Concurrent mental and substance use disorders in Canada
Based on results of the 2012 Canadian Community Health Survey–Mental Health, 1.2% of Canadians aged 15 to 64 (an estimated 282,000) experienced mental and substance use disorders concurrently in the previous year (at least one mood/anxiety disorder and one substance use disorder).
Demographic, socioeconomic, health status and service use characteristics of the concurrent disorder group were compared with those of people who had only a mood/ anxiety disorder or only a substance use disorder. Those with concurrent disorders had consistently poorer psychological health and higher use of health services and were more likely to report partially met/unmet needs than the substance use disorder group, even when demographic and socioeconomic factors and number of chronic health conditions were taken into account.
Apparent similarities in health status, service use and partially met/unmet needs between the concurrent disorders and mood/anxiety disorder groups did not persist in multivariate analysis.
The findings suggest that the complexity of concurrent disorders contributes to poorer psychological health outcomes and higher health service use, compared with having only a mood/anxiety disorder or a substance use disorder.
This study uses the 2012 Canadian Community Health Survey–Mental Health to examine the demographic and socioeconomic characteristics, health status and health care service use of people with concurrent disorders, and compares them with people who had a mood/anxiety or a substance use disorder only. Respondents with concurrent disorders are defined as those who, in the past 12 months, had at least one mood/anxiety disorder and at least one substance use disorder. The mood/anxiety disorders are major depressive episode, bipolar I/bipolar II disorder and generalized anxiety disorder. The substance use disorders are alcohol, cannabis and other drug abuse or dependence. Estimates are calculated for the household population aged 15 to 64 in the 10 provinces.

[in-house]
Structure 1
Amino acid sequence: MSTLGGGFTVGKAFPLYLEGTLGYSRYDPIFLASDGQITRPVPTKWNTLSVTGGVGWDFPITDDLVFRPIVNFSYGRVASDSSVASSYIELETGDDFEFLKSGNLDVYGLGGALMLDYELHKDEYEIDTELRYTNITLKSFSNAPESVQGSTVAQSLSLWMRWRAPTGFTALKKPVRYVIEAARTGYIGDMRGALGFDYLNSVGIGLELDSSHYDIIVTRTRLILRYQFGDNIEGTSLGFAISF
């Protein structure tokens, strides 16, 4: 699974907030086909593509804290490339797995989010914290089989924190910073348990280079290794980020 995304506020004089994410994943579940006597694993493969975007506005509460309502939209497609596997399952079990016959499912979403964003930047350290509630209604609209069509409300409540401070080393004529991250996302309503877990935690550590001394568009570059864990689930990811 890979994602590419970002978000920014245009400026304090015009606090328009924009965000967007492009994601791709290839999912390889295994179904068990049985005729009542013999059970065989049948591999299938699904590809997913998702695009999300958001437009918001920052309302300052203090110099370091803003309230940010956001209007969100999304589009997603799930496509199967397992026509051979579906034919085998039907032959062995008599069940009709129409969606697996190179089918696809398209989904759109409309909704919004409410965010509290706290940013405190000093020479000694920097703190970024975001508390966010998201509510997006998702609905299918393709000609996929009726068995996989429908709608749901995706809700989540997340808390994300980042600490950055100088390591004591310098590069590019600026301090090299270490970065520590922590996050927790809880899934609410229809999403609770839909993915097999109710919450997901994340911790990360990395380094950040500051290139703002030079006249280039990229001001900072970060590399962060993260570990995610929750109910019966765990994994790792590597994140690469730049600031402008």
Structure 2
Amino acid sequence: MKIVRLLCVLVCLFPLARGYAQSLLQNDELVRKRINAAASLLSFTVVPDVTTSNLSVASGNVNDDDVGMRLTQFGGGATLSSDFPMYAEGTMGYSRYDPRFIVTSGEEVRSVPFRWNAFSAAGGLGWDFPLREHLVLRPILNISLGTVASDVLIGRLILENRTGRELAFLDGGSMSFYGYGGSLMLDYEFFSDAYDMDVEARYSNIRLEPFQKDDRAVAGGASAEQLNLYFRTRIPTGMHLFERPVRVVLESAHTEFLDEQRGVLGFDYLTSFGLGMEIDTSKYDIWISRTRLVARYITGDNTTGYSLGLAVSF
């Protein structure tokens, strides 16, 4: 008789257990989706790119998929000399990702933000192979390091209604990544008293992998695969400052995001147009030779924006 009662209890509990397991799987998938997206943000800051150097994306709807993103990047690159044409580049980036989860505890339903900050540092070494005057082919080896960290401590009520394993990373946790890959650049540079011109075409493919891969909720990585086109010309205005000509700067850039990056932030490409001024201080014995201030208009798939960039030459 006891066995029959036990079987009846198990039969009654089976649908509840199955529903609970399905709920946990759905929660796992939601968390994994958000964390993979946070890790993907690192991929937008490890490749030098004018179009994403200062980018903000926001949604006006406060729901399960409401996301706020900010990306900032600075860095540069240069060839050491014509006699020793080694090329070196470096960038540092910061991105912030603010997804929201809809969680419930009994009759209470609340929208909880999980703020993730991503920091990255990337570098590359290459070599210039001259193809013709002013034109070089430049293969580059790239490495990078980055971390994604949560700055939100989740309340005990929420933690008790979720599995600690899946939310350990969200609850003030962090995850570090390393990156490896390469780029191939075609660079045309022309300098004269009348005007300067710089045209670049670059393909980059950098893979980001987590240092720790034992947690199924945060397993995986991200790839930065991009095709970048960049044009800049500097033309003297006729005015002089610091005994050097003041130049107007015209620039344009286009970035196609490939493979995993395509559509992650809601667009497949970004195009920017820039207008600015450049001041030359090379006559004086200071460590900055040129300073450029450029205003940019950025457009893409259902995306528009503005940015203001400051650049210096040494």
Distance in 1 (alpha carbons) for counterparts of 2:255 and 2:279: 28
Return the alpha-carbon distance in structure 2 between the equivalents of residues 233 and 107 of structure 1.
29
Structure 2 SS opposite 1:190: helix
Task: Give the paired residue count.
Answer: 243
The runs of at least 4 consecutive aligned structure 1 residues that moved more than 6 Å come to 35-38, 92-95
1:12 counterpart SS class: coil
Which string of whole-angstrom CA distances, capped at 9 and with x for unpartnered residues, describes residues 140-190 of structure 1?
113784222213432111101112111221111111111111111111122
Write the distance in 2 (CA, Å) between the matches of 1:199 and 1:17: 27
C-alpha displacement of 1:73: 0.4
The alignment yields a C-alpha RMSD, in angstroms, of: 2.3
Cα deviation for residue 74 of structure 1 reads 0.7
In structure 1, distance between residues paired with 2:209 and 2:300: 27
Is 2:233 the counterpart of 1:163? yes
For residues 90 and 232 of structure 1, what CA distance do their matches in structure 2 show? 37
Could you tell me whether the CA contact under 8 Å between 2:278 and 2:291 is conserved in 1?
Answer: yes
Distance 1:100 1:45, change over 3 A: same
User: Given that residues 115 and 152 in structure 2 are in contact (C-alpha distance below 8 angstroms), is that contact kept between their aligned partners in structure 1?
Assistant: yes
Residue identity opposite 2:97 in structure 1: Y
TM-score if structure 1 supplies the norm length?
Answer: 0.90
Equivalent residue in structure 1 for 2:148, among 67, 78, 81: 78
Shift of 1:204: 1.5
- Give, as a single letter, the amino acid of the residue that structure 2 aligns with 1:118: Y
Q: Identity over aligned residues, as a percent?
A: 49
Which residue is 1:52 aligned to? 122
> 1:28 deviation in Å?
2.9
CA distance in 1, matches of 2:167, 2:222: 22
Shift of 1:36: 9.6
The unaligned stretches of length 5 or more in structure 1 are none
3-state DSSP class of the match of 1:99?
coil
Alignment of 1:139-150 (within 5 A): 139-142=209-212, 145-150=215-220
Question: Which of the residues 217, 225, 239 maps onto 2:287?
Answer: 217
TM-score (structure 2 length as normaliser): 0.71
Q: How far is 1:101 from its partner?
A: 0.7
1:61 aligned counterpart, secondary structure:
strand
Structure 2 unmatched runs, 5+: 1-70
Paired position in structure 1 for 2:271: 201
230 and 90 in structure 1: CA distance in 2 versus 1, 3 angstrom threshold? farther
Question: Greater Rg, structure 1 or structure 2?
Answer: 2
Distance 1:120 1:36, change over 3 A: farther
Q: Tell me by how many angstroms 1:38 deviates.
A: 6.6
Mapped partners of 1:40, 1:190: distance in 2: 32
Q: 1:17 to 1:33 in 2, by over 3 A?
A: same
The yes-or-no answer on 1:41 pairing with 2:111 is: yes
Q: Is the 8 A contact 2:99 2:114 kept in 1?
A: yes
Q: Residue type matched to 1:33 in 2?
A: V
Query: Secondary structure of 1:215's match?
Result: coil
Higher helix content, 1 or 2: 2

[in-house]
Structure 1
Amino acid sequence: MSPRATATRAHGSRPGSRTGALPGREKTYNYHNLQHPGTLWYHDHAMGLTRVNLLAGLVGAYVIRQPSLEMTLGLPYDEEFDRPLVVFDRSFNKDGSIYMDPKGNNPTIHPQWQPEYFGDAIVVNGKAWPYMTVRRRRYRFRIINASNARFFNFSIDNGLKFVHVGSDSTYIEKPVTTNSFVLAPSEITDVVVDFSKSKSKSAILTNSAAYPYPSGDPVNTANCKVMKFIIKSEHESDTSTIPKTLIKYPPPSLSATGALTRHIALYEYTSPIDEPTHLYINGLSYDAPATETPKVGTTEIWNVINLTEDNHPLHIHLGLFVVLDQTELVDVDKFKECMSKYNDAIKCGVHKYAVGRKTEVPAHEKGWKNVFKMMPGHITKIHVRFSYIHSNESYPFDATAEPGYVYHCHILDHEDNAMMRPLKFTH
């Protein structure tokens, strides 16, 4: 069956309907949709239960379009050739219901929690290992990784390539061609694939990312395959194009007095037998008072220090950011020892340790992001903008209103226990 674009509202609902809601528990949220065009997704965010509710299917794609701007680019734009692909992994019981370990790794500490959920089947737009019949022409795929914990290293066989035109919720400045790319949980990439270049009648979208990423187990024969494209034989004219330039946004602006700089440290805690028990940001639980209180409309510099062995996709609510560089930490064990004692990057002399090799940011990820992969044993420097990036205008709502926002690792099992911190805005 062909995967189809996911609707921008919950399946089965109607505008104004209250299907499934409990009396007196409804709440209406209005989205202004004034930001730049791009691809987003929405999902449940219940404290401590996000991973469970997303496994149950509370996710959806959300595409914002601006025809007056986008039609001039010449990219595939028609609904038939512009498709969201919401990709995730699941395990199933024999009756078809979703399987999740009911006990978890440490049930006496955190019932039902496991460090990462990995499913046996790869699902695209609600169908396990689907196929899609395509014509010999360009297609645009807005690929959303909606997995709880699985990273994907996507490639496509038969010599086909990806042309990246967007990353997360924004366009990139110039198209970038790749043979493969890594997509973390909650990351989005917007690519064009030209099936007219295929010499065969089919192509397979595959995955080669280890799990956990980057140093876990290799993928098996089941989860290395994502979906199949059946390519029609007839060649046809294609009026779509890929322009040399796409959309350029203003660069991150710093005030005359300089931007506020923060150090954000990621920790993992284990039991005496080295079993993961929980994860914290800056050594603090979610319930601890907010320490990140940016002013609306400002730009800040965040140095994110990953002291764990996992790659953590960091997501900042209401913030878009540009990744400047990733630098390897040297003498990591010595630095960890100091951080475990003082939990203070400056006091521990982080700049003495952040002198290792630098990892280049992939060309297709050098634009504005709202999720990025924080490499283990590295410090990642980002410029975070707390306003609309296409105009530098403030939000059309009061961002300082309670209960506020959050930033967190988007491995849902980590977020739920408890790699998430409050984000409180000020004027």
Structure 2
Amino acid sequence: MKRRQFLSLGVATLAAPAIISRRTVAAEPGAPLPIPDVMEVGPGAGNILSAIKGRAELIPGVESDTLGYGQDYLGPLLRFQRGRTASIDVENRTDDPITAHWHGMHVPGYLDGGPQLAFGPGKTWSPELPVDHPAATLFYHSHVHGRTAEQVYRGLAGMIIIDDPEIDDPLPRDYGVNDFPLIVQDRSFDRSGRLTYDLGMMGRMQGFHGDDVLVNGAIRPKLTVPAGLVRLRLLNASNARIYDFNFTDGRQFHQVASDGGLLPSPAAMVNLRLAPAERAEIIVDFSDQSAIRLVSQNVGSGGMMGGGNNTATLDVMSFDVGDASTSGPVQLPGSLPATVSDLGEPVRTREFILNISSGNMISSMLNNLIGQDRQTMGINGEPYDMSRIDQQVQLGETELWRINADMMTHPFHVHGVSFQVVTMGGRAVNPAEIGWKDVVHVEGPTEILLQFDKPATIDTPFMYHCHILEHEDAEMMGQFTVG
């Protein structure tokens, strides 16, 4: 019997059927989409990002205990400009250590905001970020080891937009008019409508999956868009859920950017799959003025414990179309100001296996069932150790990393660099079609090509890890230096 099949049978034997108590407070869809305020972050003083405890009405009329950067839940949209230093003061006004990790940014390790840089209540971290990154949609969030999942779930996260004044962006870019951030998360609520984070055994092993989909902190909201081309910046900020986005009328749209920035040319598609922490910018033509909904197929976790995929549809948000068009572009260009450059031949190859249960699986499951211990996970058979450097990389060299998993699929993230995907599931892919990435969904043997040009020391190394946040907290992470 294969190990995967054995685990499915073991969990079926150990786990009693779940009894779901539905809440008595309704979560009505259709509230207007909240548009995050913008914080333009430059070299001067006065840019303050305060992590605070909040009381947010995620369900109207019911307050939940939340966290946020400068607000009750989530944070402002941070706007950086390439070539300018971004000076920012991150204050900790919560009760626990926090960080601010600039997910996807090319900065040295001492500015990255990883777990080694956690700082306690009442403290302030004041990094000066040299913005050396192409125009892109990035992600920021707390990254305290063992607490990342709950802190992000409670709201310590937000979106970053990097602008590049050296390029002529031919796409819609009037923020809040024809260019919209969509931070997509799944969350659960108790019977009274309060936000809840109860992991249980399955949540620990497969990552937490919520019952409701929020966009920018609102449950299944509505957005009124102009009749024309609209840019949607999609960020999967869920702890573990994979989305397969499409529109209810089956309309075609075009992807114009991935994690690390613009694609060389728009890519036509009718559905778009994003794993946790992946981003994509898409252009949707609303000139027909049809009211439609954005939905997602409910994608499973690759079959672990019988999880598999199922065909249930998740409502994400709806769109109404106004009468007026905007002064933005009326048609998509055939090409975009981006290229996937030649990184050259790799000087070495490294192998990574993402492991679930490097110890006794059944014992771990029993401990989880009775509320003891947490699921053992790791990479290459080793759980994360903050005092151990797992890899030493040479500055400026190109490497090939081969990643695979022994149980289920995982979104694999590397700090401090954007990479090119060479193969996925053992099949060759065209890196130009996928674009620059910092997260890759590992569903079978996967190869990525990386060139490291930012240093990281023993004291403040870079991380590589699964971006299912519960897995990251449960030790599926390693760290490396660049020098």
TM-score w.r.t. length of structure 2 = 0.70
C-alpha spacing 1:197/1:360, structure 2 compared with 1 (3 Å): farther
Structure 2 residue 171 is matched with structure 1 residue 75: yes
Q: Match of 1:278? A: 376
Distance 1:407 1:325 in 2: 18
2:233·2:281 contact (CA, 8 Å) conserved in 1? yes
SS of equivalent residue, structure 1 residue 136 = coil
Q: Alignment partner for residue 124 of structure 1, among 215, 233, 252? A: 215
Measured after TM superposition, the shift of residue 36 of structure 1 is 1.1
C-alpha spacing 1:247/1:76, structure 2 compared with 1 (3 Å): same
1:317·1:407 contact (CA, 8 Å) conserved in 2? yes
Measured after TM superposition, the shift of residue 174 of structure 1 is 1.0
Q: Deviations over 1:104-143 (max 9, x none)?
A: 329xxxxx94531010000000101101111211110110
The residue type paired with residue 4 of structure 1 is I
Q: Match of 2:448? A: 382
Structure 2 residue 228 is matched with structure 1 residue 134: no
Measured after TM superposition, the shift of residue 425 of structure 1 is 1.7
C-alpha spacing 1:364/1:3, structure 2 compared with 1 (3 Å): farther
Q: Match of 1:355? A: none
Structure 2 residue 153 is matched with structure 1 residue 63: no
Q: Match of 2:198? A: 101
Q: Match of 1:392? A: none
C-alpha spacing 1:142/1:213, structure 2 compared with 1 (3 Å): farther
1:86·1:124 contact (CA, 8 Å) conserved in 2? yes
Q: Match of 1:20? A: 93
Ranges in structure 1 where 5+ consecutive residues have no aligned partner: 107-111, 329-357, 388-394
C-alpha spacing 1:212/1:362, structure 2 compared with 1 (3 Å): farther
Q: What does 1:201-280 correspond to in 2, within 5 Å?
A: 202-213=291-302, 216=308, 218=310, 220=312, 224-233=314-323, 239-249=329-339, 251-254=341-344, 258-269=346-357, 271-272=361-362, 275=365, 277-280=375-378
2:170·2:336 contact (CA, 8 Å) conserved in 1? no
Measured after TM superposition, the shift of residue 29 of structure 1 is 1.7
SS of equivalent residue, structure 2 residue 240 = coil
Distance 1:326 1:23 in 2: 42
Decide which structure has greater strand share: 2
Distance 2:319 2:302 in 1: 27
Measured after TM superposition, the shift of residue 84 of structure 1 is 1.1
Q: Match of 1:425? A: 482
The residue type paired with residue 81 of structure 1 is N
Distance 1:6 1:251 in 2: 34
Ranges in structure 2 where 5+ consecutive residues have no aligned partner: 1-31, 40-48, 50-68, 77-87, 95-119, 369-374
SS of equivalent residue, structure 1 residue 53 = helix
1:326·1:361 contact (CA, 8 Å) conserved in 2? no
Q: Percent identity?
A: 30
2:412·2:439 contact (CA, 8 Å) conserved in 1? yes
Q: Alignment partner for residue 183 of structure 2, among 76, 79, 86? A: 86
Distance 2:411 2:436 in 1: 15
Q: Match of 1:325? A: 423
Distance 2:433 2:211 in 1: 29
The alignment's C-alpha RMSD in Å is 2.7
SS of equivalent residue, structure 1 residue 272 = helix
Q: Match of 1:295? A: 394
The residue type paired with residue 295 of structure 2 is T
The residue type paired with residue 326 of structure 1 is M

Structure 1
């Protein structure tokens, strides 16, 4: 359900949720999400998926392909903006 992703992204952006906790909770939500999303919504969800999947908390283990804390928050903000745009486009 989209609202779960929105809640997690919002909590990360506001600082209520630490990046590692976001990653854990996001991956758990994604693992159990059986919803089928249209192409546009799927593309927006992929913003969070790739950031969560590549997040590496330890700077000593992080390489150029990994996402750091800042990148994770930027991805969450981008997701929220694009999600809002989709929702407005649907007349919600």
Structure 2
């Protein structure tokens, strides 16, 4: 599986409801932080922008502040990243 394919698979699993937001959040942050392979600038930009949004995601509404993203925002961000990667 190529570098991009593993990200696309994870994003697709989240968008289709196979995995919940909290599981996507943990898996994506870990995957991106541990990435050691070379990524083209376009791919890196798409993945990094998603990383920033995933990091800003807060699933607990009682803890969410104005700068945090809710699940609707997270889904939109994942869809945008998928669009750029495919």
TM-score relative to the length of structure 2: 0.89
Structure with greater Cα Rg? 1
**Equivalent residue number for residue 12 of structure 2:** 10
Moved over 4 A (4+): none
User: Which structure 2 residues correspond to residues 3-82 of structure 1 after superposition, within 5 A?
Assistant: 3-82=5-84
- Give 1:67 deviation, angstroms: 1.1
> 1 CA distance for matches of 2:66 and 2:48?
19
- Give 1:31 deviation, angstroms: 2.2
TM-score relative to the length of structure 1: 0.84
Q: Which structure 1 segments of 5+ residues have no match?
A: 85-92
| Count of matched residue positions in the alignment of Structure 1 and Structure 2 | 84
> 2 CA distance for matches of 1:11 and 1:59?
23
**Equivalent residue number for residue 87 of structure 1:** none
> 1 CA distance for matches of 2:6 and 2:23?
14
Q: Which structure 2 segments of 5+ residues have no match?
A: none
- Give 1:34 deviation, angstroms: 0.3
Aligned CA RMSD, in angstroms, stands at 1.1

Individuals who have both a mental and substance use disorder at the same time are more likely to experience poor psychological health, use more health services and report unmet needs than a person with only one type of disorder.
These findings are from a new study on the prevalence of concurrent disorders in Canada, released in today’s Health Reports. The study is the first to use the 2012 Canadian Community Health Survey—Mental Health to examine the demographic and socioeconomic characteristics, health status and health care service use of people with concurrent disorders. The study estimates that 282,000, or 1.2% of Canadians aged 15 to 64, experienced mental and substance use disorders concurrently in the previous year, that is, at least one mood/anxiety disorder and at least one substance use disorder.
Almost all (91%) of those with concurrent disorders reported high psychological distress, significantly more than those with a mood/anxiety (79%) or a substance use (34%) disorder alone.
Overall, individuals with concurrent disorders were more likely (76%) to use health services, such as care for mental health or substance use, compared with those who had a mood/anxiety (67%) or substance use (21%) disorder alone. Despite higher use, these individuals had greater odds of reporting unmet or partially met needs for mental health care after controlling for demographic and socio-economic factors and number of chronic conditions.